I like this topic too. Just trying to get some things sorted out about the hips. I’m still examining Hogan’s posture at address…I think his overall uprightness at address may speak to something he wanted to do in the hip area. From a walking down the street perspective: if we are walking forward with a bunch of forward spine tilt caused by using the hips directly, it is difficult to turn a corner- almost like the forward hip orientation within the socket fuses the spine and pelvic area together, and the turning of the corner is accomplished with the hips and shoulders moving at the exact same rate and direction.
Whereas when walking down the street perfectly erect, with no forward lean of the spine due to moving the hip forward within the socket, the hip and pelvic area are free to move independently of the torso.
I’m thinking Hogan may have wanted to have forward spine angle more as a result from the knees, and just the natural process of reaching down for something lower and away from him, while at the same time keeping the hips as “straight” within the sockets as he could keep them.
Too many thoughts…Good stuff all RR
I’ll get back to more of this later, but I mean more that they facilitate the rotation of the upper body by orienting themselves to where the force will be required with pressure still in the right foot. Palmer and DL3 would be classic examples of what I mean. They’re aligned structurally with their pelvis/COG to apply force to the ball, but it’s also sort of the exit path, and then the upper torso rotates hard on that structure.
I’m not sure about the details of the first part, it sounds connected to Lag’s internal forces and I don’t know all the ins and outs of that. But I do see the back as a huge power source for the pull/left side. Because the left and right sides are doing different things and going in different directions, they’re powered differently. I’d see the upper back unwind as the left side power source, while the abdominal muscles at the front are more connected to the contraction and acceleration of the right side. As much as the right side ‘pushes’ it’s also pulled forward internally into it’s ‘push’, and is rooted in the right foot. It doesn’t have much without that pressure in the right foot, and I see that coming out of the front of the foot with the calf muscle playing a big role. It’s important, I think, to maintain the height in the right side coming into impact, and in particular the right ‘hip’. If the right side of the pelvis goes low early, it’s not good. This is one of the reasons why spinning out or straightening the left leg too soon is so bad. I really learned and benefitted a lot regarding the structure of the swing by studying the bones. It takes on a different picture when you look at all that stuff, it’s more nuts and bolts machine type stuff. Bone alignment is huge in my view- when the bones are out of line, the muscles have to work overtime to compensate and pull things back together. If you take care of that, then the muscles can be used constructively and not for saving balance or not falling over.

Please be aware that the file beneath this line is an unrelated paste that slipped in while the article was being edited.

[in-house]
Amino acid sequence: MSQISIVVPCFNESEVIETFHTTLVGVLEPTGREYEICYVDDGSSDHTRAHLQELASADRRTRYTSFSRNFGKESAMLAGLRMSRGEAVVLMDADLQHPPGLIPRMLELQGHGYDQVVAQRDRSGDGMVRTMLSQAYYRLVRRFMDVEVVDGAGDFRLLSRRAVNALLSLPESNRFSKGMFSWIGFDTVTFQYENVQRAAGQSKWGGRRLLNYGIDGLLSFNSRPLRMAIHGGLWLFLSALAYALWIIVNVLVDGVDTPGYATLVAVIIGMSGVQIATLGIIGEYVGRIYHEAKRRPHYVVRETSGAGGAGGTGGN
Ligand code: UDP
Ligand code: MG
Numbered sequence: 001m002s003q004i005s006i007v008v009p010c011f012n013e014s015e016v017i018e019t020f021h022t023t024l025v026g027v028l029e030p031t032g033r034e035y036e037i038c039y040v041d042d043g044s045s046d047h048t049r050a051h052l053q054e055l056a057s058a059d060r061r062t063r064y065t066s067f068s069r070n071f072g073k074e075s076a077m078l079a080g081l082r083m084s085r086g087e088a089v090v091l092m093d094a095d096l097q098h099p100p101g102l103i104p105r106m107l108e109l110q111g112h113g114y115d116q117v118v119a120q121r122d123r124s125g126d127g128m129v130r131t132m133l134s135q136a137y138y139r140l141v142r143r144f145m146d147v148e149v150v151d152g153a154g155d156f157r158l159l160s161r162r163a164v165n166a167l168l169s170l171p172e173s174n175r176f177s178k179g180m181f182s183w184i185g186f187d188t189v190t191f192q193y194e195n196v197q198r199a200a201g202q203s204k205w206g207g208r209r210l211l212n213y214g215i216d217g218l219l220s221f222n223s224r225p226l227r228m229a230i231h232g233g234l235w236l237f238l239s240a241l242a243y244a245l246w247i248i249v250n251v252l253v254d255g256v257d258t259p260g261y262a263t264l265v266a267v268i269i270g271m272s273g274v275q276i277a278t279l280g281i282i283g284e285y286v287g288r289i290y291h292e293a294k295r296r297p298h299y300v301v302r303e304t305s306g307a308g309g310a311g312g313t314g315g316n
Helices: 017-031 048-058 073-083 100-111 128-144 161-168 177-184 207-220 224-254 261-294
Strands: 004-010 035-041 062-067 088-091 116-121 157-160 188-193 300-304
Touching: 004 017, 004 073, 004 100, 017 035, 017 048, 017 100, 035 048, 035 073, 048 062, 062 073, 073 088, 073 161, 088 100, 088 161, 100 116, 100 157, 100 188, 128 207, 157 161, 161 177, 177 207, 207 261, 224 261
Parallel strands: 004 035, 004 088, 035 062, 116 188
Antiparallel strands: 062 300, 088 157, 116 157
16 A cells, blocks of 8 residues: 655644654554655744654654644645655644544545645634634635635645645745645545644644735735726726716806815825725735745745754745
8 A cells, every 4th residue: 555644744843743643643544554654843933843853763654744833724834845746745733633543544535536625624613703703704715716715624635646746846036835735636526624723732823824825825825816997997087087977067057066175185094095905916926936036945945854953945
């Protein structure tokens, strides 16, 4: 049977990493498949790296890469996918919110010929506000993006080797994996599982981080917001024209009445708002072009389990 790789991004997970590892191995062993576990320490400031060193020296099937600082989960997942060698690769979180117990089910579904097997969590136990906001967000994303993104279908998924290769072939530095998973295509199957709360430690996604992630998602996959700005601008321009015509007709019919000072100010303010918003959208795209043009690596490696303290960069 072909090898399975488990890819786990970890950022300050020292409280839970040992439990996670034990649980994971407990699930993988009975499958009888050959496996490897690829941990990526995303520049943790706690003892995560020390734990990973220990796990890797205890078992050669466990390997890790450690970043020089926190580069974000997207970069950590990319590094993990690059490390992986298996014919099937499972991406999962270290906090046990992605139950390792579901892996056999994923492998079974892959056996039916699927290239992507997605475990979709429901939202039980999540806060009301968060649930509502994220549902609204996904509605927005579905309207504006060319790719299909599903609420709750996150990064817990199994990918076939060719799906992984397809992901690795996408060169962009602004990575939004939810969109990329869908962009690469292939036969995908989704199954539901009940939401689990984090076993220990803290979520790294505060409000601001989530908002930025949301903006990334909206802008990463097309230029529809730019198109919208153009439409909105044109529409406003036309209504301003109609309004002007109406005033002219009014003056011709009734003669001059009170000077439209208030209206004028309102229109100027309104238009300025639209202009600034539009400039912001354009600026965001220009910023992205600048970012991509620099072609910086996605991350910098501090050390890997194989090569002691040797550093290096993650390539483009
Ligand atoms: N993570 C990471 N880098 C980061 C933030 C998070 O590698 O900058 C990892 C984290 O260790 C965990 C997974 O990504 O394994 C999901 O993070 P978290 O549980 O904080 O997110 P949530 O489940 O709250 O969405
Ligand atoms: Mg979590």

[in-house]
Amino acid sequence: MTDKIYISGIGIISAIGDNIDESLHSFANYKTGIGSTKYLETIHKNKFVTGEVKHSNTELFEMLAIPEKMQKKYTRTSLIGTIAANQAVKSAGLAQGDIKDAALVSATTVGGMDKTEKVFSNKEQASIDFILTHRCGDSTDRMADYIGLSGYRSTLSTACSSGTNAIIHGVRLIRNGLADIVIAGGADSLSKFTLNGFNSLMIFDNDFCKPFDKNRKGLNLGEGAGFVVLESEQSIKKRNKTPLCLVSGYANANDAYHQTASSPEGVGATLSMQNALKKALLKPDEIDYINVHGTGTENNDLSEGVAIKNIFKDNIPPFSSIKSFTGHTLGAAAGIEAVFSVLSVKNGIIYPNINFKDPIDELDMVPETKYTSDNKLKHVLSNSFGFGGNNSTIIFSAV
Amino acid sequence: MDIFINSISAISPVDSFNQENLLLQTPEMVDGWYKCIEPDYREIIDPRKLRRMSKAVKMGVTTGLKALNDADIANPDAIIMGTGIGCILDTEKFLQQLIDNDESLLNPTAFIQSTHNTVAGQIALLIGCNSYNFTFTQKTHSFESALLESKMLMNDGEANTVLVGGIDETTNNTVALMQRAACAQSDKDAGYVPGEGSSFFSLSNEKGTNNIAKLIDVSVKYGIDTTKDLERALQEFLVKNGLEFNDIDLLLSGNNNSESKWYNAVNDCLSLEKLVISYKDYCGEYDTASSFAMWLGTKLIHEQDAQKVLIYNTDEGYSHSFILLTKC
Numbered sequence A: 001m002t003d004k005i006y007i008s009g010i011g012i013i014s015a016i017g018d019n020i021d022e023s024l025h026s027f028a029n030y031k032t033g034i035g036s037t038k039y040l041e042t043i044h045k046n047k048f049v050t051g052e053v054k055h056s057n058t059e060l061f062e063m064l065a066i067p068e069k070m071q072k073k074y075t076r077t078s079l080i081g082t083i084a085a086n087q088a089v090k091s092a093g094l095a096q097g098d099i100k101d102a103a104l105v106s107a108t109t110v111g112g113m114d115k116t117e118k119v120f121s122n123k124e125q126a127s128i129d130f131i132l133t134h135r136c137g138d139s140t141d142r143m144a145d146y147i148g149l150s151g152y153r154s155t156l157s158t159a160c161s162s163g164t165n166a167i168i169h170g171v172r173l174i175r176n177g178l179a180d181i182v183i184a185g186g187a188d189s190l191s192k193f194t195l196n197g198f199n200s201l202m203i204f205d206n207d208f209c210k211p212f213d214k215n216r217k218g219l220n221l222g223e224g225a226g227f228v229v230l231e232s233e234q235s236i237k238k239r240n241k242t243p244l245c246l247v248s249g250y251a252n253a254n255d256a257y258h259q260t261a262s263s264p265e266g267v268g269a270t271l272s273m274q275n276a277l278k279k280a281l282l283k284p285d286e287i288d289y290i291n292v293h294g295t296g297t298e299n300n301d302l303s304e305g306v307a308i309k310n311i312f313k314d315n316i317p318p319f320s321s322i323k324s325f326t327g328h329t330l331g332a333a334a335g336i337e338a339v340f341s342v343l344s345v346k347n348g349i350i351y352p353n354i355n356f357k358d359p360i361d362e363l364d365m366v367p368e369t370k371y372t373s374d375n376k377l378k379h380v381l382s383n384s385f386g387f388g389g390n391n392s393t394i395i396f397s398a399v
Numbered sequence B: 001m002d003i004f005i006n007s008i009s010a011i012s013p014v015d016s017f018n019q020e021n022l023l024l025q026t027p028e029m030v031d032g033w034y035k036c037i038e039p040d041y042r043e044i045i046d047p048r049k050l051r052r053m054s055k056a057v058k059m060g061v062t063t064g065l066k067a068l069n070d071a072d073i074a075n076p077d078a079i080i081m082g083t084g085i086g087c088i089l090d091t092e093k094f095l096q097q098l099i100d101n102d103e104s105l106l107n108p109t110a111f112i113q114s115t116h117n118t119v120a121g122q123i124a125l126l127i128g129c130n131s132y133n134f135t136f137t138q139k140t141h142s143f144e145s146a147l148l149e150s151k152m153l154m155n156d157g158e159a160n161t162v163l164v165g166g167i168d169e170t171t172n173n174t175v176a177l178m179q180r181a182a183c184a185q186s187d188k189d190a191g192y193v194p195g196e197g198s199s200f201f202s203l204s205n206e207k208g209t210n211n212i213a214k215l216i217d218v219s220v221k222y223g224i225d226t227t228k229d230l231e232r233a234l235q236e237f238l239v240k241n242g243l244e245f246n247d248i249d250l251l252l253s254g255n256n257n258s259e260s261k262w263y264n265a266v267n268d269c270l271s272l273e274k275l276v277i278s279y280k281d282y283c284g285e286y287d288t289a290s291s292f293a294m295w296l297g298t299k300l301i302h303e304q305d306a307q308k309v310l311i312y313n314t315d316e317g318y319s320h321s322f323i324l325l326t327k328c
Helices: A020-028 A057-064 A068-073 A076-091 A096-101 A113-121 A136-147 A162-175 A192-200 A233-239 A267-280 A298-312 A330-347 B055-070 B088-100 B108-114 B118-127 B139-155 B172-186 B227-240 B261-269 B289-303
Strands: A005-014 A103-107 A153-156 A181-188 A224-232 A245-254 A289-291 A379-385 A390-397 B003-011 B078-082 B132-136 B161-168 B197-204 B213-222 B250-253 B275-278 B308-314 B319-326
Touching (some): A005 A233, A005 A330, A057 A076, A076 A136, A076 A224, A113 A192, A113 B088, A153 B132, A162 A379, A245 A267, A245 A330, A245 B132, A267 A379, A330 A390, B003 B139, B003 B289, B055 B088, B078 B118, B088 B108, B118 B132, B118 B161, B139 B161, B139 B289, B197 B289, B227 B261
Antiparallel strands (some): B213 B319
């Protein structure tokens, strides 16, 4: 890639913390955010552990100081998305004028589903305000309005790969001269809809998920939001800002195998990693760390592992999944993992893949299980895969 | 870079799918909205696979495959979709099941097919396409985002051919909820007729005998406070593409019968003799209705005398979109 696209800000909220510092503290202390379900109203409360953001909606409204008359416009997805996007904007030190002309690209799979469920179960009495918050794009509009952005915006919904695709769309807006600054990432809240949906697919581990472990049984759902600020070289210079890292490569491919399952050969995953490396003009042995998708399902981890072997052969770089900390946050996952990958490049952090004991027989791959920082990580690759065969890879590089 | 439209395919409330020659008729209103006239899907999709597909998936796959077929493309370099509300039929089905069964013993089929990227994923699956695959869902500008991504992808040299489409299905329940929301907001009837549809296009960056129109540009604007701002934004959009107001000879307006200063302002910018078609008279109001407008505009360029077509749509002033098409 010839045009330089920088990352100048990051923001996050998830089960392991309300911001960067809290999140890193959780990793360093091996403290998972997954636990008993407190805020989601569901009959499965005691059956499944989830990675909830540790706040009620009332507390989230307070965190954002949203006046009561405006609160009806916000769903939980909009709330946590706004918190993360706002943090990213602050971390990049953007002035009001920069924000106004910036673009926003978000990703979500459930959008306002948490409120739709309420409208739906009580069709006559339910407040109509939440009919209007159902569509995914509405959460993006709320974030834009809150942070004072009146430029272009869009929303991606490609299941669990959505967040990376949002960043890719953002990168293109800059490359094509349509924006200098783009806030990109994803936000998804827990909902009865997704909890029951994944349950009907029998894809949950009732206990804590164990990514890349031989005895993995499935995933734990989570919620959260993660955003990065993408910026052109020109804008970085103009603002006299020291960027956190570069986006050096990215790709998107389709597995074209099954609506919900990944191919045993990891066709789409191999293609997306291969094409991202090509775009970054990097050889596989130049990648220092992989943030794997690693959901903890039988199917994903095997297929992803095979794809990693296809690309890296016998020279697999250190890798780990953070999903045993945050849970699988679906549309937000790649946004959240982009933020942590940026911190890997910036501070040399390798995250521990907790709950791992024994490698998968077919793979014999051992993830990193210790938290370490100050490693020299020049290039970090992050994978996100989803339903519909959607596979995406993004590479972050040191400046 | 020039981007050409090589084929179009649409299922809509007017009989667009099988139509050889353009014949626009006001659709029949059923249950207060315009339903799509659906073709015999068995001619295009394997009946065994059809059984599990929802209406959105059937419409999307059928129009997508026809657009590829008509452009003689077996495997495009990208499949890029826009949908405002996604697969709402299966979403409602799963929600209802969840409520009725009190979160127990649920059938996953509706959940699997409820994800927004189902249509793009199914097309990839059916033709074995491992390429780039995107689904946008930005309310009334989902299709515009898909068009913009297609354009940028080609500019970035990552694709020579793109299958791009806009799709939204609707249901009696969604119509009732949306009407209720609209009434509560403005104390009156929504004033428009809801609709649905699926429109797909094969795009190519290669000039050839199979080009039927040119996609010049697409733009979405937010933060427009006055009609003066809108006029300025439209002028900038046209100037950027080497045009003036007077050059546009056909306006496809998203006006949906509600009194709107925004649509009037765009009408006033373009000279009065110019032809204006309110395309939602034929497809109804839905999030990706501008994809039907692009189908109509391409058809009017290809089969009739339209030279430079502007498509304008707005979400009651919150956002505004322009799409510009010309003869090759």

I just wish Ben had of phrased it “once you turn your hips in the backswing ,the right hip becomes the pivot point. To start your downswing, turn your left hip back to the left, pivoting around the right hip. The right hip should move towards the target enough to transfer weight to the left leg”
Gives you heaps of room down the 4:30 line!
Disclaimer: I may be completly off the mark!
We all know that the ball doesn’t lie but the hips don’t lie either
Nothing good ever happens if my hips don’t keep moving and allow for the real work to get done. Notice the ground pressure you must apply if your intention is to really isolate and control the lower body
That left arm connection is so last week, this week I’m all about the hips… again